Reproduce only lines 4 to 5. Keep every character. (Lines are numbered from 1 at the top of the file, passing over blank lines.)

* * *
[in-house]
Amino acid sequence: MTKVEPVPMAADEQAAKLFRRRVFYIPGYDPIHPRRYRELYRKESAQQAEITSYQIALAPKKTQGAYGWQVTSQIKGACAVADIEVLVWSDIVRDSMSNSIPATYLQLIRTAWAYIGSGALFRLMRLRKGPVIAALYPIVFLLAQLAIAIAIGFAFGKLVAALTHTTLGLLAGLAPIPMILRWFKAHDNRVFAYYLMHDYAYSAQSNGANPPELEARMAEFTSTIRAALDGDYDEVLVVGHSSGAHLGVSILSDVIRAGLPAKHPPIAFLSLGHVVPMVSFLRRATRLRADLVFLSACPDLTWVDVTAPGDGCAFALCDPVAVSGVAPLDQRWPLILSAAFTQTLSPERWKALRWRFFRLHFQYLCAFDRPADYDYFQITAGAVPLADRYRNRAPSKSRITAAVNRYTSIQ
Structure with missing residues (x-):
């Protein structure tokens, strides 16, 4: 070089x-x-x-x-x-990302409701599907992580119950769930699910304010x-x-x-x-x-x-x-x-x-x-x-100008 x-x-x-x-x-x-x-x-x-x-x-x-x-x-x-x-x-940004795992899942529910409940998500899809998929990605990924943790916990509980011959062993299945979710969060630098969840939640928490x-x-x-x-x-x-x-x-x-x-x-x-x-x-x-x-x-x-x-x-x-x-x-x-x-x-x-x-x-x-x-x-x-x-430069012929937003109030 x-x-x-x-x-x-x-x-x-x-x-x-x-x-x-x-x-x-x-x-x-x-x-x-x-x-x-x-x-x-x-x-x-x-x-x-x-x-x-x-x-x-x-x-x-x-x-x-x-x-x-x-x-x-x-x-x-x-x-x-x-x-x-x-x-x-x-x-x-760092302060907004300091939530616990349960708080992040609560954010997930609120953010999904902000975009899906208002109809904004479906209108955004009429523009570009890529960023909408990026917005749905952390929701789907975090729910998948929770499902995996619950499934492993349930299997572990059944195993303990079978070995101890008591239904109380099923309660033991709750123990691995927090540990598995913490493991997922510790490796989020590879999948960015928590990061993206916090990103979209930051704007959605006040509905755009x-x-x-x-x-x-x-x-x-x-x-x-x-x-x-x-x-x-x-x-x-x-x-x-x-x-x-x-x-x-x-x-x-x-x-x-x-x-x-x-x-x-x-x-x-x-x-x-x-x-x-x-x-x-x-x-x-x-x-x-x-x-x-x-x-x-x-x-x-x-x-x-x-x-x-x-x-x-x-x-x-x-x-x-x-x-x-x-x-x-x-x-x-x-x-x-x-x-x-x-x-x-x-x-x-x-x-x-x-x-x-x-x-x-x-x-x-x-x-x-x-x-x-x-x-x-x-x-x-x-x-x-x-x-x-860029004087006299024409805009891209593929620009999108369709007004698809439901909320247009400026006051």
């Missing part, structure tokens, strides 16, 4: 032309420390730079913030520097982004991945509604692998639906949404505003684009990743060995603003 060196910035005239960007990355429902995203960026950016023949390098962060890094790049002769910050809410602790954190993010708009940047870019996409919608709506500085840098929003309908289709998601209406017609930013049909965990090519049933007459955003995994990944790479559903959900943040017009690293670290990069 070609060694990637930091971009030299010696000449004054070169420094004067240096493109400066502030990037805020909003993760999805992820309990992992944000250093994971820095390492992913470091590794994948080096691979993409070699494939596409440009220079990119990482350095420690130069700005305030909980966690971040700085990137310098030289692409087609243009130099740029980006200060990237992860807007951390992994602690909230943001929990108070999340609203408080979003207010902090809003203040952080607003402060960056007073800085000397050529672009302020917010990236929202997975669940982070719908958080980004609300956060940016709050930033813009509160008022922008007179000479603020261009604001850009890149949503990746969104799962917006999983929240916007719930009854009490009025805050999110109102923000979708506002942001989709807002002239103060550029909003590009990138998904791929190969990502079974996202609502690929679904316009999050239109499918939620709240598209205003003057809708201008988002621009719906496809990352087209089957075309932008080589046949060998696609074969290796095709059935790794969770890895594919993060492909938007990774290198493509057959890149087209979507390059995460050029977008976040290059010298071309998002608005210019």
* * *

């Protein structure tokens, strides 16, 4: 070089x-x-x-x-x-990302409701599907992580119950769930699910304010x-x-x-x-x-x-x-x-x-x-x-100008 x-x-x-x-x-x-x-x-x-x-x-x-x-x-x-x-x-940004795992899942529910409940998500899809998929990605990924943790916990509980011959062993299945979710969060630098969840939640928490x-x-x-x-x-x-x-x-x-x-x-x-x-x-x-x-x-x-x-x-x-x-x-x-x-x-x-x-x-x-x-x-x-x-430069012929937003109030 x-x-x-x-x-x-x-x-x-x-x-x-x-x-x-x-x-x-x-x-x-x-x-x-x-x-x-x-x-x-x-x-x-x-x-x-x-x-x-x-x-x-x-x-x-x-x-x-x-x-x-x-x-x-x-x-x-x-x-x-x-x-x-x-x-x-x-x-x-760092302060907004300091939530616990349960708080992040609560954010997930609120953010999904902000975009899906208002109809904004479906209108955004009429523009570009890529960023909408990026917005749905952390929701789907975090729910998948929770499902995996619950499934492993349930299997572990059944195993303990079978070995101890008591239904109380099923309660033991709750123990691995927090540990598995913490493991997922510790490796989020590879999948960015928590990061993206916090990103979209930051704007959605006040509905755009x-x-x-x-x-x-x-x-x-x-x-x-x-x-x-x-x-x-x-x-x-x-x-x-x-x-x-x-x-x-x-x-x-x-x-x-x-x-x-x-x-x-x-x-x-x-x-x-x-x-x-x-x-x-x-x-x-x-x-x-x-x-x-x-x-x-x-x-x-x-x-x-x-x-x-x-x-x-x-x-x-x-x-x-x-x-x-x-x-x-x-x-x-x-x-x-x-x-x-x-x-x-x-x-x-x-x-x-x-x-x-x-x-x-x-x-x-x-x-x-x-x-x-x-x-x-x-x-x-x-x-x-x-x-x-860029004087006299024409805009891209593929620009999108369709007004698809439901909320247009400026006051």
């Missing part, structure tokens, strides 16, 4: 032309420390730079913030520097982004991945509604692998639906949404505003684009990743060995603003 060196910035005239960007990355429902995203960026950016023949390098962060890094790049002769910050809410602790954190993010708009940047870019996409919608709506500085840098929003309908289709998601209406017609930013049909965990090519049933007459955003995994990944790479559903959900943040017009690293670290990069 070609060694990637930091971009030299010696000449004054070169420094004067240096493109400066502030990037805020909003993760999805992820309990992992944000250093994971820095390492992913470091590794994948080096691979993409070699494939596409440009220079990119990482350095420690130069700005305030909980966690971040700085990137310098030289692409087609243009130099740029980006200060990237992860807007951390992994602690909230943001929990108070999340609203408080979003207010902090809003203040952080607003402060960056007073800085000397050529672009302020917010990236929202997975669940982070719908958080980004609300956060940016709050930033813009509160008022922008007179000479603020261009604001850009890149949503990746969104799962917006999983929240916007719930009854009490009025805050999110109102923000979708506002942001989709807002002239103060550029909003590009990138998904791929190969990502079974996202609502690929679904316009999050239109499918939620709240598209205003003057809708201008988002621009719906496809990352087209089957075309932008080589046949060998696609074969290796095709059935790794969770890895594919993060492909938007990774290198493509057959890149087209979507390059995460050029977008976040290059010298071309998002608005210019």